You are performing routine checking of production farm web front end (WFE) server IIS logs and discover that user requests are not being logged to the My Site web application on one of the farm web front ends (call it WFE1). What is confusing about this is that requests are being logged for other web applications on this WFE, such as the primary content web application. Your farm topology features two WFEs in Windows Network Load Balance configuration.
- Check user request logging for other web applications on production WFE1: found that that requests are being logged for the primary content web application that is also on this WFE.
- Check user request logging for web applications on WFE2: found that that requests are being logged for all web applications on WFE2.
- Check user request logging for web applications on development: found that all web applications on all WFEs are logging user requests.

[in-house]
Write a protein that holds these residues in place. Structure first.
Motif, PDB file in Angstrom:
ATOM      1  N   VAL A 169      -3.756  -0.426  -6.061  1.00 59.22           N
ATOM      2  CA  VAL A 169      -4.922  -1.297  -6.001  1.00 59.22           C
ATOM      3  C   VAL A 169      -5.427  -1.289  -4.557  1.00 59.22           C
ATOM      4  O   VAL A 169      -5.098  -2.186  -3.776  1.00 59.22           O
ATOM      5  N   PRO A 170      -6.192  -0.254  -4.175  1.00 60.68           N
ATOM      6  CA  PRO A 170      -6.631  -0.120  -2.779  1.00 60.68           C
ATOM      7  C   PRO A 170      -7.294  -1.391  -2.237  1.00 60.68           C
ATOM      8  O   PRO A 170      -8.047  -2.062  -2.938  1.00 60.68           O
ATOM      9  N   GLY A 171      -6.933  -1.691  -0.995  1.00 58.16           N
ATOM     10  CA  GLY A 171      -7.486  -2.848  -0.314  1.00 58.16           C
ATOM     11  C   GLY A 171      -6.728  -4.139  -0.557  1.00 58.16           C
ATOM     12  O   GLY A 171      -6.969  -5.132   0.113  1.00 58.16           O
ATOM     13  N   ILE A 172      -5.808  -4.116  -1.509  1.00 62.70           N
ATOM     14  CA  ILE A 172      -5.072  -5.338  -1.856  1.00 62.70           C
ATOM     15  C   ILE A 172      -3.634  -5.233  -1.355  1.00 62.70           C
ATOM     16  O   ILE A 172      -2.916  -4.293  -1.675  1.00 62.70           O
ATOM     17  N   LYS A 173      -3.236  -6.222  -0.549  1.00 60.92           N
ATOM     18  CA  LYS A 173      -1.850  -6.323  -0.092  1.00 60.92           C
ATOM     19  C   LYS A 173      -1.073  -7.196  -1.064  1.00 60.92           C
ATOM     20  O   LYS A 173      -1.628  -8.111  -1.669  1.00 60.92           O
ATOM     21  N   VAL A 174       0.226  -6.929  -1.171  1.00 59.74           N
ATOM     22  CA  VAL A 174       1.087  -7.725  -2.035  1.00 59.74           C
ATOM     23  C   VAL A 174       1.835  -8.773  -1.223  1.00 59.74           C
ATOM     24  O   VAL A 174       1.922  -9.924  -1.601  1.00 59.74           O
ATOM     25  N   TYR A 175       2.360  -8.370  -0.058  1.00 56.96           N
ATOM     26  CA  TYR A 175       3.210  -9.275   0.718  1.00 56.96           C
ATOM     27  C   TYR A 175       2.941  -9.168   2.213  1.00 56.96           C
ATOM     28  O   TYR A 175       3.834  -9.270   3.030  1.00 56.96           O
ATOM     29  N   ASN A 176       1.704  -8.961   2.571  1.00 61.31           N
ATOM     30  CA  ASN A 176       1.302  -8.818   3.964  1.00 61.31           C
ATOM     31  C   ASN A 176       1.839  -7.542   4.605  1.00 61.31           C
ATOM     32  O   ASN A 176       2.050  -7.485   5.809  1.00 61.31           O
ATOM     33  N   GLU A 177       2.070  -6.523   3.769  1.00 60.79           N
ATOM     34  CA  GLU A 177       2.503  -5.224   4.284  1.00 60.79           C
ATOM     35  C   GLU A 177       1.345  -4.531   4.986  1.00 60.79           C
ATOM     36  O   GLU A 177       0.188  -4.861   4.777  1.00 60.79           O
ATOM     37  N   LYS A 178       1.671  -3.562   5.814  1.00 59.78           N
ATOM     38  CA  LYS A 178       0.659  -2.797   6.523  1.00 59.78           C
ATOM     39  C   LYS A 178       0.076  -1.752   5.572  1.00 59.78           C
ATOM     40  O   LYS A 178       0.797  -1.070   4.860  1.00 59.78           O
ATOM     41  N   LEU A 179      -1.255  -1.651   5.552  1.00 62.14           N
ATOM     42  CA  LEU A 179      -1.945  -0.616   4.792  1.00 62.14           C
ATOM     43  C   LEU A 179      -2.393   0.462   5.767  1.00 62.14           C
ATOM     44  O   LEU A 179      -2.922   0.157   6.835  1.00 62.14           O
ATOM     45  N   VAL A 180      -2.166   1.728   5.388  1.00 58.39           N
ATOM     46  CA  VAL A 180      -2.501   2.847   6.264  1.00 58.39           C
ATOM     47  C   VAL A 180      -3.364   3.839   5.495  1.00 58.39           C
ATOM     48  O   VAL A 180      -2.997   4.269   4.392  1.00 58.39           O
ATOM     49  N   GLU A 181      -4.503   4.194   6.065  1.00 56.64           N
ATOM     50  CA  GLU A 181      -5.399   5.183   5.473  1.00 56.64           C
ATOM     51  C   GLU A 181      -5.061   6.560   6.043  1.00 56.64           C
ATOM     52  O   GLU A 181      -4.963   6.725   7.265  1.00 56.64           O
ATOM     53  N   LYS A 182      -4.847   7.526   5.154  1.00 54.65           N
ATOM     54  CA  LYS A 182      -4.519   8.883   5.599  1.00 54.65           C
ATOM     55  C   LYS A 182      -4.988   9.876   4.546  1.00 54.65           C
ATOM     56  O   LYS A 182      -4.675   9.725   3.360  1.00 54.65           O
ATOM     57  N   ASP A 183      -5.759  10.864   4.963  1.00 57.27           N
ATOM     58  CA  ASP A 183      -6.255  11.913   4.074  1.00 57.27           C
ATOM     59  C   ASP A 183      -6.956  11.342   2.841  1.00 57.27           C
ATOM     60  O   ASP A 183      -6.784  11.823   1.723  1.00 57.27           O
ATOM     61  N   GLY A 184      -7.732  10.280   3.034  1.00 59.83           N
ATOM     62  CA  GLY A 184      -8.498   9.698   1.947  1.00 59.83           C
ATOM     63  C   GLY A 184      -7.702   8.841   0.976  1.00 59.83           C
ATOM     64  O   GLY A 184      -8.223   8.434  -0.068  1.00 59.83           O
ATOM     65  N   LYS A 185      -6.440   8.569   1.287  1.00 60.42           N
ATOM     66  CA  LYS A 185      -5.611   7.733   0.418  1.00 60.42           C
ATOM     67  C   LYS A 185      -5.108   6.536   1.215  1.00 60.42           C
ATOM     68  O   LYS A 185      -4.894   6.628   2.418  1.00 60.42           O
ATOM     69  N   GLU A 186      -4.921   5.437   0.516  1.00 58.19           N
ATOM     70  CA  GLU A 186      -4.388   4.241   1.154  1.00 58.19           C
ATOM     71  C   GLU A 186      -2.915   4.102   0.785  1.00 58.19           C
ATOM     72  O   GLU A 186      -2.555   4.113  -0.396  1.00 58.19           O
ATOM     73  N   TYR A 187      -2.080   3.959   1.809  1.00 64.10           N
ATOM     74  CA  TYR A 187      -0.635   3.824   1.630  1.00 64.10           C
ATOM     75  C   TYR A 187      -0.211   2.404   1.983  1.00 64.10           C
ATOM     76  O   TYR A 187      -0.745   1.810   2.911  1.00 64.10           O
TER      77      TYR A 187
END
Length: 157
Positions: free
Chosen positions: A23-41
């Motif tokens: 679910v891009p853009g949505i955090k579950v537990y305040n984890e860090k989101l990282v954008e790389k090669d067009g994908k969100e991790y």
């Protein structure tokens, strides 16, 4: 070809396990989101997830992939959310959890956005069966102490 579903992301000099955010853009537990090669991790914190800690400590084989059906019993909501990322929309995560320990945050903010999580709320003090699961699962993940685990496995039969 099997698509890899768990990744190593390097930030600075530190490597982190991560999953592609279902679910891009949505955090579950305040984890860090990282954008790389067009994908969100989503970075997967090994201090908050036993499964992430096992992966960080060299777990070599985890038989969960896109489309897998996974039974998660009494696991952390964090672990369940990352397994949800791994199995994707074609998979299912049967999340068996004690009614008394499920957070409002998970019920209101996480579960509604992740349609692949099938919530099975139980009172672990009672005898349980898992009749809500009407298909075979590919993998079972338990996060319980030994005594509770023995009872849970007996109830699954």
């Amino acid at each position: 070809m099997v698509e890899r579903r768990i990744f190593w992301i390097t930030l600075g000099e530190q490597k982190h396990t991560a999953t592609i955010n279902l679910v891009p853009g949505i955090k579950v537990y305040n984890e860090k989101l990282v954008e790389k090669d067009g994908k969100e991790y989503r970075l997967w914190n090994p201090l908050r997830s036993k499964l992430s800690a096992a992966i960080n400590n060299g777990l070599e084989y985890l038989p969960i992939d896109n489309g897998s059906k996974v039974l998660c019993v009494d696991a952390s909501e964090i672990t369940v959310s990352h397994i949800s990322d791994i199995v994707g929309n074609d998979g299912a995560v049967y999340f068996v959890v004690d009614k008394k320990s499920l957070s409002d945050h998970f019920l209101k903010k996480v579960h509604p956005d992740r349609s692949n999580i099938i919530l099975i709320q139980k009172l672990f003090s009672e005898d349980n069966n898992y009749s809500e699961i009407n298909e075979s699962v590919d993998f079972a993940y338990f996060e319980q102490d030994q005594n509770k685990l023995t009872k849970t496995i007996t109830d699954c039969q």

- Check production WFE1 web server logging configuration against production WFE2: found that log file location, scheduling appear properly configured and configuration is fully consistent with that for WFE2.
- Check web application pools on production WFE1: found that WFE1 application pool is started for the My Site web application.
- Check permissions of the production WFE1 directory used for storing IIS logging data, E:\IIS, and compare with production WFE2: found that the local Administrators group (which the service account, spApp, is a member of) is configured for Full Control on both WFEs, but that for WFE1, all of the checks are grayed out.
- On production WFE1, in IIS, changed the directory configured for My Site web application user request logging to E:\IIS2, and then clicked Apply: found that the new directory was immediately created and that, after a few moments, a log file was created and this log file was being populated with request data.
- Check permissions to the directory used to store IIS web application log files and compare with directory permissions of other WFEs. If any discrepancies are found, just point IIS logging to a new folder. IIS automatically creates and configures appropriate security for the folder.